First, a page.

Sunrise over V.A. Capitol.

June 9, 2004, Richmond

The Freedom of Information Advisory Council1 (the Council) began its meeting by welcoming newly appointed member Delegate Morgan Griffith.

Subcommittee Reports

The Council received progress reports from its subcommittees. The subcommittee on electronic meetings reminded the Council that at the last full Council meeting, representatives from the Clerk's Offices of the Senate and the House raised several issues concerning electronic meeting requirements and requirements for notice of the meetings generally. The subcommittee reported that its meeting was well attended by representatives of the press, public, and state and local government.

The subcommittee discussed several issues relating to the electronic meeting provisions found at § 2.2-3708 of the Code of Virginia and was considering the following areas where change may be warranted. It was suggested that requiring 30 days notice for an electronic meeting was onerous. Often times meetings are not planned 30 days in advance. Also, various situations may arise closer to the meeting day, such as personal emergencies or other exigent circumstances which prevent members of a public body from being physically present at a meeting. Another issue raised was the limitation of only allowing 25 percent of meetings annually to be conducted electronically. For example, if a public body only meets three or four times a year, such as a General Assembly study, it may be difficult or impossible to hold even one electronic meeting. The question was raised as to whether there should be an emergency provision that would allow a member of a public body to participate electronically at the last minute due to a personal emergency without triggering the requirements of an electronic meeting (i.e. no heightened notice, etc.). The law currently requires that an electronic meeting be suspended at all locations if there is an audio or visual malfunction -- even though a quorum must be at one location. The purpose behind this provision is to guarantee public participation at all locations, since all meeting locations must be open to the public. However, it was noted that it might be difficult for one site to realize that another site has lost the audio or the audio/visual feed. Finally, it was noted that while electronic meetings are beneficial to the members of a public body, they can also be used as a means to increase public participation in meetings, and that technology can be used to enhance meetings for both members and the public.

The subcommittee also discussed the general notice requirements for all meetings (and not just electronic meetings). The law currently requires posting notice in two physical locations, and posting electronically is "encouraged." It was noted that the Internet is now a place where interested persons often look for notice of a meeting. Additionally, because the law already requires state public bodies to place their meeting minutes on the Internet, it makes sense to use the Internet to also post notice.

The subcommittee plans to meet again in July (tentatively July 7). Staff will prepare draft legislation that will:

· Shorten the notice requirement for electronic meetings from 30 days to 7 days and remove the 25 percent limitation on the number of electronic meetings. This will be used as a springboard for further discussion. It was decided to not include an "emergency " provision for personal emergencies of members at this time, but it may be discussed further at the next meeting.
· Address the malfunction of the audio or audio/visual feed issue. It was suggested that notice of electronic meetings include a phone number of a contact person that participants at the various sites can call during the meeting to notify others that they have lost audio or audio/video feed.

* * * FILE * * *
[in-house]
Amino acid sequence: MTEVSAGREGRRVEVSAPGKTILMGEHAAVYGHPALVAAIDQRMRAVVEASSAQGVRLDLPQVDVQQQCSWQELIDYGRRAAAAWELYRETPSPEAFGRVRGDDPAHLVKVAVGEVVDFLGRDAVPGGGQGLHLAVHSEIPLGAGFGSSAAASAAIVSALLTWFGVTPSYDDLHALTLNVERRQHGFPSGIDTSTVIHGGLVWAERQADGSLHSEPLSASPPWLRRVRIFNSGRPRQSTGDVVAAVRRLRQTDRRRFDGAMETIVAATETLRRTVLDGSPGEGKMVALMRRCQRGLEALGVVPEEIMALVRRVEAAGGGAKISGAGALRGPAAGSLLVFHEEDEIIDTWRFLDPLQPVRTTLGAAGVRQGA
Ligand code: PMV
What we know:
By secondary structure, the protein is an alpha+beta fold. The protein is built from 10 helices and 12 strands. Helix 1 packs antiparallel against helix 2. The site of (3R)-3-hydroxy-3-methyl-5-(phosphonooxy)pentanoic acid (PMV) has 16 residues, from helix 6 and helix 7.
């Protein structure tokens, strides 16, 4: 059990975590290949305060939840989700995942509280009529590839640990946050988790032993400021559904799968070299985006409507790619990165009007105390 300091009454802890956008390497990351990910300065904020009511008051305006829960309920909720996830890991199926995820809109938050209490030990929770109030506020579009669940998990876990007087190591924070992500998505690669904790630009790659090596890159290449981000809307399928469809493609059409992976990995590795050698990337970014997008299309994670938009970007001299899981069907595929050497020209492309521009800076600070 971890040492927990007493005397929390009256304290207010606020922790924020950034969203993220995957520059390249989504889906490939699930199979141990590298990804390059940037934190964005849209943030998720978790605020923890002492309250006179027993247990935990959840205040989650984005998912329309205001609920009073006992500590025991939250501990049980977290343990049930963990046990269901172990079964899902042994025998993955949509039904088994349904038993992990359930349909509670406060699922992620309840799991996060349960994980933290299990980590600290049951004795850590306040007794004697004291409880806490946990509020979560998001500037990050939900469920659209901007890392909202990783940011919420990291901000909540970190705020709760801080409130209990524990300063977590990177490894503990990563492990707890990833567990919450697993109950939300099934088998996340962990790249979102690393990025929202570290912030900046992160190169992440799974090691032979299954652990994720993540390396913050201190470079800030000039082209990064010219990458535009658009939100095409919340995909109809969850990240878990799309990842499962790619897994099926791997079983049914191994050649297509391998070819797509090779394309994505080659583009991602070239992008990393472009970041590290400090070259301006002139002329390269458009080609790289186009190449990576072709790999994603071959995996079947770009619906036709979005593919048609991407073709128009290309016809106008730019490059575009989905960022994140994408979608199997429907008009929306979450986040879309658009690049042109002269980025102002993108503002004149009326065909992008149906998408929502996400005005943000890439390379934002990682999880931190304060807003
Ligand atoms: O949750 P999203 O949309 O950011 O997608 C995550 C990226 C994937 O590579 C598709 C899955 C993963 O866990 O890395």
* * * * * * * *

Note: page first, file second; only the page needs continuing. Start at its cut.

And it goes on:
· Include a requirement that state executive public bodies post notice of all meetings on the Internet, in addition to posting notice at the two physical locations. These public bodies must already post minutes, and as of July 1, post FOIA rights & responsibilities information on their website. Local governing bodies will be encouraged to post notice on the Internet, as there is no current requirement that local governing bodies have websites.

Representatives from the clerks' offices will examine the possibility of establishing telephone numbers that members of the public could use to call into to monitor and listen to meetings (any meeting, not just an electronic meeting) as a means of increasing public participation through technology.

Also of note, the subcommittee advised that they are attempting to set up an audio/visual meeting for its next meeting to allow Mr. Hopkins to join in the meeting from Blacksburg. Not only will this save him five or more hours of driving to physically attend the meeting, it will also give the subcommittee first-hand experience with electronic meetings.

The Geographic Information System (GIS) Subcommittee, comprised of Council members Wiley, Moncure, and Anderson, reported that its initial meeting was well attended by representatives of the media, public and state and local government officials, including many such officials with GIS responsibilities. The subcommittee advised that it had reviewed the provisions of SB 182 (Blevins) that was referred to the Council for further examination. SB 182 would have excluded from the mandatory disclosure requirements of FOIA maps contained in a geographic information system that are developed from a combination of high resolution technologies, including digital orthophotography, digital terrain models or related ancillary proprietary data produced by any local governing body or by the Virginia Geographic Information Network (VGIN) division of the Virginia Information Technologies Agency. The subcommittee agreed that SB 182 as drafted should not be recommended. However, the subcommittee felt that the issues raised by the bill were worthy of further discussion and that, relying on the specific GIS knowledge of the interested parties, perhaps a resolution of the issues relating to the accessibility of GIS records could be achieved.